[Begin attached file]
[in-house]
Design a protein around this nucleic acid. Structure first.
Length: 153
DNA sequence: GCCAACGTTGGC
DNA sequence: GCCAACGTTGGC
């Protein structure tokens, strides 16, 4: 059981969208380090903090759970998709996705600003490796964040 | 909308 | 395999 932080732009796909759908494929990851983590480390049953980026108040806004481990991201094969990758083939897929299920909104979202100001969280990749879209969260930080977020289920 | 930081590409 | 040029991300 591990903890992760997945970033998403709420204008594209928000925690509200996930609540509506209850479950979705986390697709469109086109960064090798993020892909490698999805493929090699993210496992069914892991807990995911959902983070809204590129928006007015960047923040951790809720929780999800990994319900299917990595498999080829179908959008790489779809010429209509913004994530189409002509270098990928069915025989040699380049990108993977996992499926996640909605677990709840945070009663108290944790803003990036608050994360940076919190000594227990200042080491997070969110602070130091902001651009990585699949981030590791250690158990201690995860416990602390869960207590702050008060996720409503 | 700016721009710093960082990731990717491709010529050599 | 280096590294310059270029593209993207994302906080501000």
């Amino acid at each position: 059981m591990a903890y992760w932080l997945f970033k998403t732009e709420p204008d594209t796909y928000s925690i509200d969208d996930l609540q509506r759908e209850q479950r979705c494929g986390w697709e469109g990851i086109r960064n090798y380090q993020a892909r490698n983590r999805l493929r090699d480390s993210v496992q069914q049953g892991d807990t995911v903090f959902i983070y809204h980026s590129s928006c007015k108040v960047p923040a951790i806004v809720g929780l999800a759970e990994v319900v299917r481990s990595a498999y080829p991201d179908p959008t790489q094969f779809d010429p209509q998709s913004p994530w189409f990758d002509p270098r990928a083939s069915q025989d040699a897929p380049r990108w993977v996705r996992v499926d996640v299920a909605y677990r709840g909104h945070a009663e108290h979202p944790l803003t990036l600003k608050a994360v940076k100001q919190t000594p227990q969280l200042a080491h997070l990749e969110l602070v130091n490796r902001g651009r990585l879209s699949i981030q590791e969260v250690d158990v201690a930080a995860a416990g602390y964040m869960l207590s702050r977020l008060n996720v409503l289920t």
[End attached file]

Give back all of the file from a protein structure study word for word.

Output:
[in-house]
Design a protein around this nucleic acid. Structure first.
Length: 153
DNA sequence: GCCAACGTTGGC
DNA sequence: GCCAACGTTGGC
């Protein structure tokens, strides 16, 4: 059981969208380090903090759970998709996705600003490796964040 | 909308 | 395999 932080732009796909759908494929990851983590480390049953980026108040806004481990991201094969990758083939897929299920909104979202100001969280990749879209969260930080977020289920 | 930081590409 | 040029991300 591990903890992760997945970033998403709420204008594209928000925690509200996930609540509506209850479950979705986390697709469109086109960064090798993020892909490698999805493929090699993210496992069914892991807990995911959902983070809204590129928006007015960047923040951790809720929780999800990994319900299917990595498999080829179908959008790489779809010429209509913004994530189409002509270098990928069915025989040699380049990108993977996992499926996640909605677990709840945070009663108290944790803003990036608050994360940076919190000594227990200042080491997070969110602070130091902001651009990585699949981030590791250690158990201690995860416990602390869960207590702050008060996720409503 | 700016721009710093960082990731990717491709010529050599 | 280096590294310059270029593209993207994302906080501000």
């Amino acid at each position: 059981m591990a903890y992760w932080l997945f970033k998403t732009e709420p204008d594209t796909y928000s925690i509200d969208d996930l609540q509506r759908e209850q479950r979705c494929g986390w697709e469109g990851i086109r960064n090798y380090q993020a892909r490698n983590r999805l493929r090699d480390s993210v496992q069914q049953g892991d807990t995911v903090f959902i983070y809204h980026s590129s928006c007015k108040v960047p923040a951790i806004v809720g929780l999800a759970e990994v319900v299917r481990s990595a498999y080829p991201d179908p959008t790489q094969f779809d010429p209509q998709s913004p994530w189409f990758d002509p270098r990928a083939s069915q025989d040699a897929p380049r990108w993977v996705r996992v499926d996640v299920a909605y677990r709840g909104h945070a009663e108290h979202p944790l803003t990036l600003k608050a994360v940076k100001q919190t000594p227990q969280l200042a080491h997070l990749e969110l602070v130091n490796r902001g651009r990585l879209s699949i981030q590791e969260v250690d158990v201690a930080a995860a416990g602390y964040m869960l207590s702050r977020l008060n996720v409503l289920t």